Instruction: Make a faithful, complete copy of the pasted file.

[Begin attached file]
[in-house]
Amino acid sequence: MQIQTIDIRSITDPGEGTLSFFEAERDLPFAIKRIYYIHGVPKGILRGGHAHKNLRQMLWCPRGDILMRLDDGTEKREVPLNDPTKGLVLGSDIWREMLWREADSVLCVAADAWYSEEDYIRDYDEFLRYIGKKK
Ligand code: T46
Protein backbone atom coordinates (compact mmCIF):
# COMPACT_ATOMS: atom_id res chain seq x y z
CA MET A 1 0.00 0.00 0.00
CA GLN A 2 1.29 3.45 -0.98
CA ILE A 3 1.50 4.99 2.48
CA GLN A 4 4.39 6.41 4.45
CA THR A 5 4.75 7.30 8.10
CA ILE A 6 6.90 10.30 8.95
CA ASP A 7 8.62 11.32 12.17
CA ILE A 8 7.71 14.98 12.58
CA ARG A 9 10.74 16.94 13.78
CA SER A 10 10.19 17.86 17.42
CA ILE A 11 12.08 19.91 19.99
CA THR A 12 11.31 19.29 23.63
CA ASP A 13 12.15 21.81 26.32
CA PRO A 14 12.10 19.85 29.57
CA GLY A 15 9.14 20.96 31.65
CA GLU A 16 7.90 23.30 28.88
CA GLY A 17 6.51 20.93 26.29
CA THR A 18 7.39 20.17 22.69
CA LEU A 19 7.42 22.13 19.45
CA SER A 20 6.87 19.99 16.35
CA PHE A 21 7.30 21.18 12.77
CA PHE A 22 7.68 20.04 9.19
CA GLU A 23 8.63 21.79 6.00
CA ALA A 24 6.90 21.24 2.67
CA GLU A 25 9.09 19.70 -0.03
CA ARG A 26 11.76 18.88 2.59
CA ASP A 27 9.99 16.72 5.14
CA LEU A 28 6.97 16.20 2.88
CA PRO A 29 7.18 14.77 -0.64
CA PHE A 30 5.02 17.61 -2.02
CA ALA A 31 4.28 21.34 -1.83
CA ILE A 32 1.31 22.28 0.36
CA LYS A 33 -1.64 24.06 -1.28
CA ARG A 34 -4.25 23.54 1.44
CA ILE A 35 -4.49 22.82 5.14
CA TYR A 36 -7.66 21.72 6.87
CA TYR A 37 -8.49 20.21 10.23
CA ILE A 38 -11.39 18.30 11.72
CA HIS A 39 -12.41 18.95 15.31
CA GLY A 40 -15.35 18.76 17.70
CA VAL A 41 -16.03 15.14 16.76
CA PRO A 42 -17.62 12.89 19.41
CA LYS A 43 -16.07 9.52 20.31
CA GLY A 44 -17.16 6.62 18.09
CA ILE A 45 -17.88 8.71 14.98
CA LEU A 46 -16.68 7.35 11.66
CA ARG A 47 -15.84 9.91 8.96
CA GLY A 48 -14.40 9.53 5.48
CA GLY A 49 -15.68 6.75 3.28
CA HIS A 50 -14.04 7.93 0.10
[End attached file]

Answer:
[in-house]
Amino acid sequence: MQIQTIDIRSITDPGEGTLSFFEAERDLPFAIKRIYYIHGVPKGILRGGHAHKNLRQMLWCPRGDILMRLDDGTEKREVPLNDPTKGLVLGSDIWREMLWREADSVLCVAADAWYSEEDYIRDYDEFLRYIGKKK
Ligand code: T46
Protein backbone atom coordinates (compact mmCIF):
# COMPACT_ATOMS: atom_id res chain seq x y z
CA MET A 1 0.00 0.00 0.00
CA GLN A 2 1.29 3.45 -0.98
CA ILE A 3 1.50 4.99 2.48
CA GLN A 4 4.39 6.41 4.45
CA THR A 5 4.75 7.30 8.10
CA ILE A 6 6.90 10.30 8.95
CA ASP A 7 8.62 11.32 12.17
CA ILE A 8 7.71 14.98 12.58
CA ARG A 9 10.74 16.94 13.78
CA SER A 10 10.19 17.86 17.42
CA ILE A 11 12.08 19.91 19.99
CA THR A 12 11.31 19.29 23.63
CA ASP A 13 12.15 21.81 26.32
CA PRO A 14 12.10 19.85 29.57
CA GLY A 15 9.14 20.96 31.65
CA GLU A 16 7.90 23.30 28.88
CA GLY A 17 6.51 20.93 26.29
CA THR A 18 7.39 20.17 22.69
CA LEU A 19 7.42 22.13 19.45
CA SER A 20 6.87 19.99 16.35
CA PHE A 21 7.30 21.18 12.77
CA PHE A 22 7.68 20.04 9.19
CA GLU A 23 8.63 21.79 6.00
CA ALA A 24 6.90 21.24 2.67
CA GLU A 25 9.09 19.70 -0.03
CA ARG A 26 11.76 18.88 2.59
CA ASP A 27 9.99 16.72 5.14
CA LEU A 28 6.97 16.20 2.88
CA PRO A 29 7.18 14.77 -0.64
CA PHE A 30 5.02 17.61 -2.02
CA ALA A 31 4.28 21.34 -1.83
CA ILE A 32 1.31 22.28 0.36
CA LYS A 33 -1.64 24.06 -1.28
CA ARG A 34 -4.25 23.54 1.44
CA ILE A 35 -4.49 22.82 5.14
CA TYR A 36 -7.66 21.72 6.87
CA TYR A 37 -8.49 20.21 10.23
CA ILE A 38 -11.39 18.30 11.72
CA HIS A 39 -12.41 18.95 15.31
CA GLY A 40 -15.35 18.76 17.70
CA VAL A 41 -16.03 15.14 16.76
CA PRO A 42 -17.62 12.89 19.41
CA LYS A 43 -16.07 9.52 20.31
CA GLY A 44 -17.16 6.62 18.09
CA ILE A 45 -17.88 8.71 14.98
CA LEU A 46 -16.68 7.35 11.66
CA ARG A 47 -15.84 9.91 8.96
CA GLY A 48 -14.40 9.53 5.48
CA GLY A 49 -15.68 6.75 3.28
CA HIS A 50 -14.04 7.93 0.10